A first-person poetic persona compares people to restless clouds. Clouds speed brightly across the sky but disappear at night, presumably like a human life. The persona then compares people to lyres, stringed instruments, that are always playing different tunes based on different experiences. The persona then complains that whether we are asleep or awake, a bad dream or a “wandering thought” interferes with our happiness. Whatever we think, however we feel, “It is the same,” meaning that all will pass away and people will change. Thus, the one thing that endures is “Mutability.”
In typical Romantic fashion, Shelley immediately places humans in the same physical realm as nature, opening with “We are as clouds.” Immediately following, however, Shelley focuses on human agency and compares humans to things invented, this time using the simile “like forgotten lyres.” (A lyre is a musical instrument, a Greek wind harp.) The purpose of the two comparisons is to emphasize the eternal human condition of change, in other words, to be mutable. This is both a natural condition, such as the clouds that are one minute here and the next minute there, “restlessly speeding, gleaming, quivering, and streaking across the dark night” only to be soon thereafter “lost for ever,” on the one hand, and a human-caused phenomenon, such as a lyre, “whose strings give a various response to various blasts” and on which no new “modulation sounds like the last.” The point is that all things, natural or created, are always changing. Nothing is constant.
We can recognize early on that the poetic form of “Mutability” is a lyric, a poem that is “brief and discontinuous, emphasizing sound and pictorial imagery rather than narrative or dramatic movement” (Frye 268). In “lyrical poetry” generally, the poet is speaking to himself, musing, or asking rhetorical questions to an unknown third party, not necessarily addressing the reader. Finally, the lyric usually takes the form of the rhyming couplet, with an abab cdcd efef ... pattern, just as Shelley does here (moon/quiver/soon/ever ...). Shelley uses the similes to draw us into the natural and artificial worlds (“We are as clouds”; “Or like forgotten lyres). This poetic technique is quite common among Romantic poets. Romantics both before Shelley (such as Wordsworth and Coleridge) and after him (Keats) used the same lyrical style and imagery with natural similes to describe people’s place in the universe.
In the third stanza, Shelley introduces a third dimension to his argument—human thought and emotion. Whether our thoughts occur during sleep (“we rest”) or while we are awake (“we rise”), our thoughts, too, are forever changing. Change is not good or bad for its own sake; Shelley notes that a dream has the “power to poison our sleep” just as “a wandering thought pollutes the day,” yet our thoughts and emotions also can lead us to “laugh” or “cast our cares away.” In some of these mental states, we have no control over the forever changing mutability of our mind, but in others, we make our own change.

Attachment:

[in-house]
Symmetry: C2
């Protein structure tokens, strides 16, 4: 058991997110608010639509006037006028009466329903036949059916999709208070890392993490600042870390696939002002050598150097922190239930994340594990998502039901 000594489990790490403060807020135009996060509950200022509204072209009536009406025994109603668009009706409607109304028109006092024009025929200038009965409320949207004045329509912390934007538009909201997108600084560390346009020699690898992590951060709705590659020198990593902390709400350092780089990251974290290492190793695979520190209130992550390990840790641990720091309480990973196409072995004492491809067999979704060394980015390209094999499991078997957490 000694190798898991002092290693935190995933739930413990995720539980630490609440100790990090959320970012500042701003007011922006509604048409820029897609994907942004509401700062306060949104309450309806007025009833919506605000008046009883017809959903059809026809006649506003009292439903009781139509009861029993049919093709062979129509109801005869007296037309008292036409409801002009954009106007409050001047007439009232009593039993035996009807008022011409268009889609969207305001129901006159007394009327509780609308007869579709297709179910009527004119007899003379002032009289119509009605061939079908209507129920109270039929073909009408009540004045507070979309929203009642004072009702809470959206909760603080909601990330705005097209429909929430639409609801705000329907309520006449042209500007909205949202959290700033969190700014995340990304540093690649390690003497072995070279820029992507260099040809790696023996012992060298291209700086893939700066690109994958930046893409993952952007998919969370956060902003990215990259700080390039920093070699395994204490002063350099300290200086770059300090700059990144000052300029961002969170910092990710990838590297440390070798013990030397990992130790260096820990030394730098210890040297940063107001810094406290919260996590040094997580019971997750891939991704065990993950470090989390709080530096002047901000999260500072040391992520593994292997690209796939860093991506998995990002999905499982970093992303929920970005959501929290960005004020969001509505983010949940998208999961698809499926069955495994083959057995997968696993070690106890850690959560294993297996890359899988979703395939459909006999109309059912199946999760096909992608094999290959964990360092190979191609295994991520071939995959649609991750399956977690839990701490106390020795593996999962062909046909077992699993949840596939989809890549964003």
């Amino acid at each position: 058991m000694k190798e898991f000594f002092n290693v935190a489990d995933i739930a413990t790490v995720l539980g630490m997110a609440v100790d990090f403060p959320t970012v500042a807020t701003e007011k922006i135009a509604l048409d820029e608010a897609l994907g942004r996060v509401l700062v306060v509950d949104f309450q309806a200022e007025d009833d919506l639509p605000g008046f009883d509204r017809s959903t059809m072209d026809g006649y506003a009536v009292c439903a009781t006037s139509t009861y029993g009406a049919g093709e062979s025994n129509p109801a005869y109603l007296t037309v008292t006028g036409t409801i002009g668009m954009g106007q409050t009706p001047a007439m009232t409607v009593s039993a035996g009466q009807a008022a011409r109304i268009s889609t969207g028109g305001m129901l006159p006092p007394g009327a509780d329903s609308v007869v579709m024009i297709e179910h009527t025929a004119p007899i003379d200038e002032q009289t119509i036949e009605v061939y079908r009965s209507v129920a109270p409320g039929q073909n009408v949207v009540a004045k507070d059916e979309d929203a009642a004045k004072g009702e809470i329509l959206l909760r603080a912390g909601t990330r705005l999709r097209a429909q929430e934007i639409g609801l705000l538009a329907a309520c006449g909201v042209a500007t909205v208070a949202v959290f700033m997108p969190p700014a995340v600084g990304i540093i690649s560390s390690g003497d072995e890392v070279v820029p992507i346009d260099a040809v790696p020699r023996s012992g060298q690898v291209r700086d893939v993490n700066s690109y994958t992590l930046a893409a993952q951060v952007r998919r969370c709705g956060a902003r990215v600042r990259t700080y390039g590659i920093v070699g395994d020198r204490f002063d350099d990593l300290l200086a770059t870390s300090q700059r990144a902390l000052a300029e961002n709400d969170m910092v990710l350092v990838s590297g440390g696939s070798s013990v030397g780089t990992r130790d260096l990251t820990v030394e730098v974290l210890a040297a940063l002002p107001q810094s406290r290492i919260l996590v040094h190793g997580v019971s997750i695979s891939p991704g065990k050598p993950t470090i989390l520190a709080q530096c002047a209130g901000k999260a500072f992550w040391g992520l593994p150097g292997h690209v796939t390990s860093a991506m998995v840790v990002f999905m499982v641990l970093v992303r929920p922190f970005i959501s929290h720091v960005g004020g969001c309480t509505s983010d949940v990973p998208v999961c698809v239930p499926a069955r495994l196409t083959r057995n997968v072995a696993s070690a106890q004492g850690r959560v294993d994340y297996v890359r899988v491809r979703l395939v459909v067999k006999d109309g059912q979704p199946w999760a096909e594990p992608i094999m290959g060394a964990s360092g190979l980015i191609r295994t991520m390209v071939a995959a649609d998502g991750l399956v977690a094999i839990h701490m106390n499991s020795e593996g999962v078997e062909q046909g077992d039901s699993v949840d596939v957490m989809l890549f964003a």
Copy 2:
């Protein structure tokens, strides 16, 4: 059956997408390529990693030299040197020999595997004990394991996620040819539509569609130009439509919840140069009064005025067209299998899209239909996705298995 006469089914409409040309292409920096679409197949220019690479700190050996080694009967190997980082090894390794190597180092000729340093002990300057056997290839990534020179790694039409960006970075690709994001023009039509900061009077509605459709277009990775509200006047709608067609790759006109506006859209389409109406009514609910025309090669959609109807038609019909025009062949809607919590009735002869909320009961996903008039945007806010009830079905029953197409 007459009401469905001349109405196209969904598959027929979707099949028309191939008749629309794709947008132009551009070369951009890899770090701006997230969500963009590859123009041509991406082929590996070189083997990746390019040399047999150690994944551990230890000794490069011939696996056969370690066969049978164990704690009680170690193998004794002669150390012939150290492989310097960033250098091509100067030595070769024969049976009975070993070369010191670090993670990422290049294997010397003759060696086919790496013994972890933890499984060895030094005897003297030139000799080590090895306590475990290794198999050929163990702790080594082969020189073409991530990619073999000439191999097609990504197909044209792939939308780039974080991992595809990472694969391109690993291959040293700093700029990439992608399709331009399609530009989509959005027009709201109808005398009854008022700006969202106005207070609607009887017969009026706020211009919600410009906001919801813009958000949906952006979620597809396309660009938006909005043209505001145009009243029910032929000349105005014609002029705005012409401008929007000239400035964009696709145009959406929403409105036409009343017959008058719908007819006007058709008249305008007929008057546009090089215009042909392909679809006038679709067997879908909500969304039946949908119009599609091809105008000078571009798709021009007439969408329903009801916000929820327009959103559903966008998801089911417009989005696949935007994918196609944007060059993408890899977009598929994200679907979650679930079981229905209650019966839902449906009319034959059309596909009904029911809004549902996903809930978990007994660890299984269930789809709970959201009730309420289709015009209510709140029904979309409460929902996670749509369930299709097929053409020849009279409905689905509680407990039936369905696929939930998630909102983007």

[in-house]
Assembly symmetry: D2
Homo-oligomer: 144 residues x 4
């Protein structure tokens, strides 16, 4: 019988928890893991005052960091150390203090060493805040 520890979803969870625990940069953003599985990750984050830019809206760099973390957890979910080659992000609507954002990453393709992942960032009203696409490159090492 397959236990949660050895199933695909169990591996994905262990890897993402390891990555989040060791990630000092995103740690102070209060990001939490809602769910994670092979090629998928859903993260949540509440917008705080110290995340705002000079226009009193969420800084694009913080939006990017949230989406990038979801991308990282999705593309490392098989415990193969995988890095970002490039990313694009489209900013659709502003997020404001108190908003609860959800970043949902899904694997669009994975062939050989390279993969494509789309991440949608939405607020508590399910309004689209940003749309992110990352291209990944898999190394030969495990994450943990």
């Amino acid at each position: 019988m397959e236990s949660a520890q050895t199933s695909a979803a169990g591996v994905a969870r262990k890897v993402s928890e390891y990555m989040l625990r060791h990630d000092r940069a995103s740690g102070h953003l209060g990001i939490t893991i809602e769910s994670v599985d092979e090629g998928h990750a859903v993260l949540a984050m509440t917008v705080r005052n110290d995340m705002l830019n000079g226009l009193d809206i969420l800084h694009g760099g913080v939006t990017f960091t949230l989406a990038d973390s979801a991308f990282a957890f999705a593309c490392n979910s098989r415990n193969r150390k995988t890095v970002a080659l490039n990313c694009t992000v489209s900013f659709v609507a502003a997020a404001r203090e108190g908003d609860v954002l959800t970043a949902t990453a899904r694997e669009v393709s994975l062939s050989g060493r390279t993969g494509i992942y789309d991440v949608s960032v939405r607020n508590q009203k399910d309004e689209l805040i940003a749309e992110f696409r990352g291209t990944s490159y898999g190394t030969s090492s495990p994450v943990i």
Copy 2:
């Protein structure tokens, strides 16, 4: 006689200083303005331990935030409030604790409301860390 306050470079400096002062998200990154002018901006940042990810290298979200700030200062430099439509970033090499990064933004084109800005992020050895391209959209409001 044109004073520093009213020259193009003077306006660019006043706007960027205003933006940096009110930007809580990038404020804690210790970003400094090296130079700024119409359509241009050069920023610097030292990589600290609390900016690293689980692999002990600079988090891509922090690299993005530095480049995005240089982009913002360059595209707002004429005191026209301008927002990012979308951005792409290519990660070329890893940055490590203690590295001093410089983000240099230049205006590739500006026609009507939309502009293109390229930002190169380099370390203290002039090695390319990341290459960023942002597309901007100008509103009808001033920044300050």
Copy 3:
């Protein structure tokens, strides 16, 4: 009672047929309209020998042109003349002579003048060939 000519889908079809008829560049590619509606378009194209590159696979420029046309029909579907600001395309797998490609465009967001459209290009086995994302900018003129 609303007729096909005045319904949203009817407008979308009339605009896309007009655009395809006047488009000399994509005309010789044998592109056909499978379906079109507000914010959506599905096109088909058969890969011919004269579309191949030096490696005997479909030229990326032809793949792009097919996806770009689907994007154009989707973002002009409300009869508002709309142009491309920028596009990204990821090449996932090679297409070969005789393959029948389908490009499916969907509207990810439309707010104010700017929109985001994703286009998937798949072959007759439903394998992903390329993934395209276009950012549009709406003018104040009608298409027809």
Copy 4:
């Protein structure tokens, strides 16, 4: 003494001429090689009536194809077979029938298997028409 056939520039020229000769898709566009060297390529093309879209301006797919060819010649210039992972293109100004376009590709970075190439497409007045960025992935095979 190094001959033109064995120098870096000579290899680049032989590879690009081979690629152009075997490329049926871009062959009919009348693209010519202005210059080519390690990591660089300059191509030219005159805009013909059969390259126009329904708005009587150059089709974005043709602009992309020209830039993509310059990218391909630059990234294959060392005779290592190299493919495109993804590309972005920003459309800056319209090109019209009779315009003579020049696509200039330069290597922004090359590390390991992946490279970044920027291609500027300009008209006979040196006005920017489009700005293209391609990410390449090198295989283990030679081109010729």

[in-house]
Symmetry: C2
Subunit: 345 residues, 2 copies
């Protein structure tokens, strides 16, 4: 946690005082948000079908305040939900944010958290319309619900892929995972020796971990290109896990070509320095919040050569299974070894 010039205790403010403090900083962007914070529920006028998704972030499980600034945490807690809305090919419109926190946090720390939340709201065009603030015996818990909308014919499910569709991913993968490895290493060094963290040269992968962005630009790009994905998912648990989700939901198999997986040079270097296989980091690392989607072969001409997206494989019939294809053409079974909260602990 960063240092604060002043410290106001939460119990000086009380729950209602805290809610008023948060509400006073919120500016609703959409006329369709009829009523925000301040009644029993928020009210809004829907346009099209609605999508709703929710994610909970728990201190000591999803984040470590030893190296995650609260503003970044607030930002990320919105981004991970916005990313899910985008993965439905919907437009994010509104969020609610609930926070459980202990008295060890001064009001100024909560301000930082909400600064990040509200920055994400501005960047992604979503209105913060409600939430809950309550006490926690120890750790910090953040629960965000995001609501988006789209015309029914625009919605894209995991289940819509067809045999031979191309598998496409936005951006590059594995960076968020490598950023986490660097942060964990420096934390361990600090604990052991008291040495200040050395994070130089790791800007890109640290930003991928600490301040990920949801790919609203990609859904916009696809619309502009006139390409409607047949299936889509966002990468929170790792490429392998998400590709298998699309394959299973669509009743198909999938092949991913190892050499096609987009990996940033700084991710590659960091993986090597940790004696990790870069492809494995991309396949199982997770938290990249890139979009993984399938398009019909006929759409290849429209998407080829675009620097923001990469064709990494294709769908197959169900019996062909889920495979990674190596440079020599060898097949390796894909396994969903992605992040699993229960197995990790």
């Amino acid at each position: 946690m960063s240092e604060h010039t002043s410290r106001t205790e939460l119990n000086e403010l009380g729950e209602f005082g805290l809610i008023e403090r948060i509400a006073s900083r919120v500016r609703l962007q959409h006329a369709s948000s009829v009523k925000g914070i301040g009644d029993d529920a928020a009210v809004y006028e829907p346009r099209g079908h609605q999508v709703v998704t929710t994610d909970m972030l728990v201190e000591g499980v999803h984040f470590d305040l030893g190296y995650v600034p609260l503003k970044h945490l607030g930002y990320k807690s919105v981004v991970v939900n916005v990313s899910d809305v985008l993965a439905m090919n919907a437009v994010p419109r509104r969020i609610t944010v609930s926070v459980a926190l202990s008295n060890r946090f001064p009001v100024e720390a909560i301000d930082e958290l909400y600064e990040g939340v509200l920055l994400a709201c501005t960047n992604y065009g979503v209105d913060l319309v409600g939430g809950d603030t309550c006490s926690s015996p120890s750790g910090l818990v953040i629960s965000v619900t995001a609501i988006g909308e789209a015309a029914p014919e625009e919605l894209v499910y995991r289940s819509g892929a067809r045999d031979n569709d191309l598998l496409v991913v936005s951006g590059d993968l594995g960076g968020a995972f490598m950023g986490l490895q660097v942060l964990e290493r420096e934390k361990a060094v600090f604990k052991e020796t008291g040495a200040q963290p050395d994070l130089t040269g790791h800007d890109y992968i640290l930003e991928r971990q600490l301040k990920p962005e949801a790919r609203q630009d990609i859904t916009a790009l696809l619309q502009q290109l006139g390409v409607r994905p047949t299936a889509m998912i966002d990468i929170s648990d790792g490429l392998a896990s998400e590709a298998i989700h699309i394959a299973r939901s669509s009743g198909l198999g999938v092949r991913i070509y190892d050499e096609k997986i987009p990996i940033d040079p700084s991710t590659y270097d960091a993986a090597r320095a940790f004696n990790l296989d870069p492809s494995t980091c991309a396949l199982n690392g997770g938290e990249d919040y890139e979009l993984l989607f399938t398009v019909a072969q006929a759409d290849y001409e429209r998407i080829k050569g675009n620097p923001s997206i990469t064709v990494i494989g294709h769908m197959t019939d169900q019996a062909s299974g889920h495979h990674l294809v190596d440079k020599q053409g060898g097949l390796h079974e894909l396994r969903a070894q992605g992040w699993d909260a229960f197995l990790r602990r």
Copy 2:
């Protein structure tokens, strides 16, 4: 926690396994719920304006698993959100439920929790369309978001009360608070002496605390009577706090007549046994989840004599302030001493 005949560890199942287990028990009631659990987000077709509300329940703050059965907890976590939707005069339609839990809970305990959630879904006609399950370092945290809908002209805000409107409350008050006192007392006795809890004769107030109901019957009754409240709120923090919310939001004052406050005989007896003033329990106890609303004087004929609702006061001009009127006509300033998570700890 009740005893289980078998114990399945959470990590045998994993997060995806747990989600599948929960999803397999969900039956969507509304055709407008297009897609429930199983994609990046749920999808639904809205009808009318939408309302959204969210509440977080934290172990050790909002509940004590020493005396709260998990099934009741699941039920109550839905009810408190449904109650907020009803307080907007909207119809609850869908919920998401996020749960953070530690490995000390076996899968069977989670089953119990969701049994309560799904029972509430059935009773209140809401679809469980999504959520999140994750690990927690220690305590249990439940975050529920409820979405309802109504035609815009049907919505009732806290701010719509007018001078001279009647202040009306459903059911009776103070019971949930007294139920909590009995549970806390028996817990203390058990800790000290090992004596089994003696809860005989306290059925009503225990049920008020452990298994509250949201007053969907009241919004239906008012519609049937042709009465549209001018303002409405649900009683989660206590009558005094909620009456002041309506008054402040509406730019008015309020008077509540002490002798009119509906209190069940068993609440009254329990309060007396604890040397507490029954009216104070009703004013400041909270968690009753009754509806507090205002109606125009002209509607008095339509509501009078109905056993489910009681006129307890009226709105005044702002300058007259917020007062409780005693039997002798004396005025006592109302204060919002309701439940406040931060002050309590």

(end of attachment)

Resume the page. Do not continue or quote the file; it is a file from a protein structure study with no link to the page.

In the final stanza, Shelley makes thoughts and emotions “free,” suggesting a political dimension to the poem. It helps to keep in mind the historical context of the poem. The French Revolution was probably the most significant event to hit Europe in over one hundred years. Not only did it change the political contours of Europe, but it also led European societies outside of France to re-evaluate their own political systems, and it inspired interest in overcoming tyranny. Shelley chooses to rhyme “morrow” with “sorrow,” suggesting that despite the sorrows of today, there will be a brighter future tomorrow, for all things do eventually change: “Man’s yesterday may ne’er be like his morrow.” In this sense, in politics just as within a person’s own mind, looking for eternal stasis and sustainability is a lost cause.
Another way to analyze “Mutability” is to look at what Shelley is suggesting about the human condition of narcissism and vanity. The first stanza suggests the theme of ‘out of sight, out of mind,’ since the clouds are “lost forever” once they pass out of our sight. Similarly, notice how the lyre is “forgotten.” If nobody is playing it, the sound is gone and the instrument is forgotten. This has sometimes been interpreted as Shelley saying that people are only as real and “responsive” as the musician who plays us, in other words susceptible to some higher being who toys with our “strings” (compare Shakespeare’s Hamlet: “Do you think I am easier to be play’d upon than a pipe? Call me what instrument you will, thou you fret me, you cannot play upon me,” III.ii.369-72). Yet, we humans play on our own strings and on one another’s strings, so no higher power need be invoked here. The point is that like clouds and instruments, people are easily forgotten when they stop making change or doing anything significant in the world—especially once they die and pass away into night.
The tone, mood, and point of view in Mutability are up for debate. While some find the speaker to be pessimistic about change, focusing on the way it interrupts what is good (like the excesses of the French Revolution), others find the speaker optimistic, coming to terms with the forever changing state of the universe and finding the human ability at least to make sense of a world that changes.